I've been around free software since day one, and what I found
incredible about Sketchup is that even if it cost a lot, it is pretty
incredible. There is not much I can think of a common wood worker could
not do readily with this very free application. It may not work
perfect for an architect designing the twin towers, or a design engineer
drawing up the final specs of an atomic power plant, but for some guy
building a deck, a barn, a kitchen cabinet, a night stand or any of the
many things your every day wood worker builds, this is the perfect tool
at the perfect price.
BTW, the stickiness is maddening until you use components.
One interesting thing is the "professional" $600 version works about
exactly the same as the free version, with the main difference in
ability to interact with other design software, not something that would
plague your average wood worker.
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On a different subject, sorta; I've been using TurboCad for many years
(still a novice at it)and I was wondering if it gets any more intuitive
as time goes on??
I am embarrassed to say that I still have V7 Pro. I upgraded about
3 times to get there and every time I DID upgrade, it seemed to take
forever to get back all the screens and buttons that went somewhere else.
Is it better now? Is 3D easier to work with than it was in V7?
Turbocad had a "Solid Modeller" back then. It seemed to work pretty
well, but was quite limited. But it sure seemed easier to use that this V7.
Also, since you are messing with Sketchup:
I downloaded an early version and went through the tutorial. It seemed
really neat, until I tried a complete drawing. Then, all of a sudden
all the neat "intuitive" stuff was over and I'd have to do all the rote
learning that I have had to do with Turbocad if I wanted to make it my
"default" CAD software. Is Sketchup better now?
It's Legoware. Cute, and somewhat functional. But I admit that when it
comes to CAD, I'm a snob. I have become proficient with the package I
use. In comparison, SU is awkward and limited.
I was a snob too. ;~) It's pretty much Sketchup 7 all the way for me now.
Once you learn to tweak the programs so that the lines look the way you want
it seems to be leaps and bounds better for relatively small drawings. I
consider relatively small to include a complete set of plans for a house.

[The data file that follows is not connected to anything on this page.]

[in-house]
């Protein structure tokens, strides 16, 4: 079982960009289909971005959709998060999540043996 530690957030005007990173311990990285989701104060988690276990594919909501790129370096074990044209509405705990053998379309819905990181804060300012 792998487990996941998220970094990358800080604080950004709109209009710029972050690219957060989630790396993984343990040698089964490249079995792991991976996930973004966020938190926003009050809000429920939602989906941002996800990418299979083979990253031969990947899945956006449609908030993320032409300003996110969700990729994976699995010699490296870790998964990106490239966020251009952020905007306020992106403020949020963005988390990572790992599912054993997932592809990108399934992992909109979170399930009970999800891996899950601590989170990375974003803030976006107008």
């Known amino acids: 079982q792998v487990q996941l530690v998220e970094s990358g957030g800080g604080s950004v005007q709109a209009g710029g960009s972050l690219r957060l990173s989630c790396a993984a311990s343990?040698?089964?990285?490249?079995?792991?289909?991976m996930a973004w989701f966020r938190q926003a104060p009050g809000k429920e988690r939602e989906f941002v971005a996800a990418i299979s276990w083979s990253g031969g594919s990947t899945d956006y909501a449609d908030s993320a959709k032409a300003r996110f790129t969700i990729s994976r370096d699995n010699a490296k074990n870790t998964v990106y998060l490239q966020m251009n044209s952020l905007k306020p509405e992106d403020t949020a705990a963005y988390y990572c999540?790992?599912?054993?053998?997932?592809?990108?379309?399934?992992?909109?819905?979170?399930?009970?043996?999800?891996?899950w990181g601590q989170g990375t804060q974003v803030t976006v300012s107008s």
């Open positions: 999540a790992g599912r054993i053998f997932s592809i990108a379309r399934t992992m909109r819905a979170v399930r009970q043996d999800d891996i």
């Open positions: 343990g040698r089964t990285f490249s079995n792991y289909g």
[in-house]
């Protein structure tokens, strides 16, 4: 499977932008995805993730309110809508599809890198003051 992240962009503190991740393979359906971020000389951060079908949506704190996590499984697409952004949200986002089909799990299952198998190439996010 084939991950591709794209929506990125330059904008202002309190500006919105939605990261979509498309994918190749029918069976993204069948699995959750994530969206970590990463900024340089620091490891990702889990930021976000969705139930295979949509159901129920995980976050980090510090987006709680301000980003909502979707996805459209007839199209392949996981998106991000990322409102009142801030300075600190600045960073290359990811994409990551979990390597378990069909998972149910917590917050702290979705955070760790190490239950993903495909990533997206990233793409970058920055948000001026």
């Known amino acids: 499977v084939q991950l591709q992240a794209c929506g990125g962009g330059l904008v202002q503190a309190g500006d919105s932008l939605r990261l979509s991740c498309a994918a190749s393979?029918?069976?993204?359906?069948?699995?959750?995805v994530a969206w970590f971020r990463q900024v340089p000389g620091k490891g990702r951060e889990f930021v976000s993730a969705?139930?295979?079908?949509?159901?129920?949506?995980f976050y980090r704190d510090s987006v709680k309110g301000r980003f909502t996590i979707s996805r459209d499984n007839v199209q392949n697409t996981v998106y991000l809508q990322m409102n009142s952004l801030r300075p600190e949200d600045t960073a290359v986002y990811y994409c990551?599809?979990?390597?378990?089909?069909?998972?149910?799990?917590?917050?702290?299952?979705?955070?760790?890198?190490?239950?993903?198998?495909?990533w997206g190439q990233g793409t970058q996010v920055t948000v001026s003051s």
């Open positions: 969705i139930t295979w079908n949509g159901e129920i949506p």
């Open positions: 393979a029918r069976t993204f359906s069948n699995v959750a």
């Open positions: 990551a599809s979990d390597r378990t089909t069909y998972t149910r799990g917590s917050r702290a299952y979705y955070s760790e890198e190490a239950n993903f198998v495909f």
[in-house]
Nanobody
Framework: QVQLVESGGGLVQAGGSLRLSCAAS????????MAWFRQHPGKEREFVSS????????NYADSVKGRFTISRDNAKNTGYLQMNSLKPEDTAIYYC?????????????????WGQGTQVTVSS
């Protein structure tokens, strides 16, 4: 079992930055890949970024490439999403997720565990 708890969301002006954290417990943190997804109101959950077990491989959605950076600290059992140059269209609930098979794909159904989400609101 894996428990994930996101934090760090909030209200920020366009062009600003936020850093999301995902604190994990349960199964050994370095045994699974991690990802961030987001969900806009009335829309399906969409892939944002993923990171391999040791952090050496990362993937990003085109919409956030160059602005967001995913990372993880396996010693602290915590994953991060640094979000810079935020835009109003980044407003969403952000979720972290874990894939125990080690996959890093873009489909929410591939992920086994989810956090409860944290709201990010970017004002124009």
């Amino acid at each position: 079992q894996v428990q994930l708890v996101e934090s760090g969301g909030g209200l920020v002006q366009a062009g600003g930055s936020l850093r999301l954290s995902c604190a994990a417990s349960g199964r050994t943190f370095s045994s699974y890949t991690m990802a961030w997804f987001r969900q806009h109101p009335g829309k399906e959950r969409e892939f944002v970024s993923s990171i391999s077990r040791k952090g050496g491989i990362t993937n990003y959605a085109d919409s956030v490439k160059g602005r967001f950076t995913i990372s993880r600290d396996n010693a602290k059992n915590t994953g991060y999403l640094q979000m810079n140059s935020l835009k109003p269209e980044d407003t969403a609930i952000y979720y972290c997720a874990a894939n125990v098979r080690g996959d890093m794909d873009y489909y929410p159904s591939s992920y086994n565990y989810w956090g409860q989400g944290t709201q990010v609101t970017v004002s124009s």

Memory may become a problem with tall commercial buildings or large
landscapes such as a city park.
You really have to learn the program to appreciate it.
Oh yea??? Sez who???
Kidding aside, I think SU is a wonderful option for people to get into
computerised design and SU appears to be a hit.
And I'll stop with my Bob-The-Builder jokes, okay?
And you're right, people should not compare SU with CAD because it is
What I did find really interesting, is that Google/SU immediately
supported Macs. That was cool.
Incidentally, I use my CAD program as a surface modeller as well. Such
is the world of NURBS.
I agree. They are very different animals. However there IS an overlap
in what you can do with 3-D CAD, solid modelers, and Sketchup, and
this overlap tends to lead to a reaction like Leon's. And someone used
to doing conceptual drawings in Sketchup would find a solid modeler
able to produce the same shapes, but incredibly frustrating to do jobs
that Sketchup is best for. And a user of solid modelers find Sketchup
and 3-D CAD inadequate for their needs. They all have their place.
For me, the visualization help with sketchup makes it the software of
choice; its limited CAD capabilities meet my needs (combined with a
simple 2-D CAD program)
Alex -- Replace "nospam" with "mail" to reply by email. Checked infrequently.
I wouldn't call TurboCAD the most intuitive CAD program I've ever used.
It does get better over time (a little), but some things just don't
work when you think they ought to (hey, that just worked a minute ago on
this other object, why won't it work HERE?!) and it can be pretty damn
Don't feel bad; I'm still on V8 Pro (the latest is V15) and I got there
in pretty much the same way you did, so I can't really comment on
whether it's any better now. Many times I've tried to find a way to
upgrade, but they just make it too damn difficult and they want too much
money for the Pro version. I've compared the features of Pro and Deluxe
and concluded that I don't need any of the Pro features anyway, and
since the Deluxe is much cheaper I've downloaded the trial version to
attempt a migration. However, many of my V8 drawings won't transfer
over because the Deluxe version claims I've used Pro features that
aren't supported in Deluxe, even though I don't know exactly what those
features are, I didn't use them knowingly, and IMSI support can't tell
me how to get around it. Their "solution" was to suggest various
vendors that offer the Pro version for a "reasonable" price...
I'm right there with ya; I'm still trying to decide if I can deal with
its quirks and if it will have enough functionality to entice me to
move, and right now it's looking pretty "iffy". For example, if I draw
a line and bisect it with another line, Sketchup now thinks I have
*four* lines instead of two! I really don't like the way it transforms
the things I draw into other things entirely. But perhaps that offers
me advantages that I don't understand right now, and I want to stick
with it and give it a chance; partly becomes it makes 3D design very
easy (which I like), and also because I really dig Google's "public
warehouse" model. Sketchup users have already built up an impressive
collection of publicly accessible drawings, and it seems like the sky
could be the limit...
Free bad advice available here.
To reply, eat the taco.
It didn't used to do that automatically, you had to tell it to
intersect. The Intersect menu function is still there. The main thing